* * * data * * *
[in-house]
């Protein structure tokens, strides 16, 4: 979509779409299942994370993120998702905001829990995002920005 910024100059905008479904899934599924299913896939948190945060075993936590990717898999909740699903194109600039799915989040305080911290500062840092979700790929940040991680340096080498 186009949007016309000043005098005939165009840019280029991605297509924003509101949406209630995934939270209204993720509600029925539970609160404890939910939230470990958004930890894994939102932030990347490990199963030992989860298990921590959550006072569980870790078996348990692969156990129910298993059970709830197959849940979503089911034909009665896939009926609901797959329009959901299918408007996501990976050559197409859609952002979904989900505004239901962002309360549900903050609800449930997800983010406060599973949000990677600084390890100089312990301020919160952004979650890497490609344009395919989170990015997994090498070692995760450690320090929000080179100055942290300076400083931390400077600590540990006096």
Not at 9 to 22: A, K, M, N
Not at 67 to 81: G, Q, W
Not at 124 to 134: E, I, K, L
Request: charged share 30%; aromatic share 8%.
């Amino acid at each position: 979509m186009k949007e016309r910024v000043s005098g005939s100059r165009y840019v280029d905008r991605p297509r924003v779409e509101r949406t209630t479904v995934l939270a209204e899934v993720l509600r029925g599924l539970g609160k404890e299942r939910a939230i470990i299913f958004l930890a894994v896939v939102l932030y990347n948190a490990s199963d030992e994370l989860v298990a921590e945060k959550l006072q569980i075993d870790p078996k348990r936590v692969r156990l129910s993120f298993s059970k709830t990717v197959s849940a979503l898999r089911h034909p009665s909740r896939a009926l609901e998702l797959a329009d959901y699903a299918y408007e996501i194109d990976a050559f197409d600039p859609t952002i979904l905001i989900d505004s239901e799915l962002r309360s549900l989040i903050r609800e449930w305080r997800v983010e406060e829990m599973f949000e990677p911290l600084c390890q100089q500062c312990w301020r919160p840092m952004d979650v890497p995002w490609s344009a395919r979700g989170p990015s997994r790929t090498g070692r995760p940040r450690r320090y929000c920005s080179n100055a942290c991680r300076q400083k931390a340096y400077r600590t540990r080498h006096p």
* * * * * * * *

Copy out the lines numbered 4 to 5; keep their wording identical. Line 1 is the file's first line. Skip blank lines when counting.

Not at 67 to 81: G, Q, W
Not at 124 to 134: E, I, K, L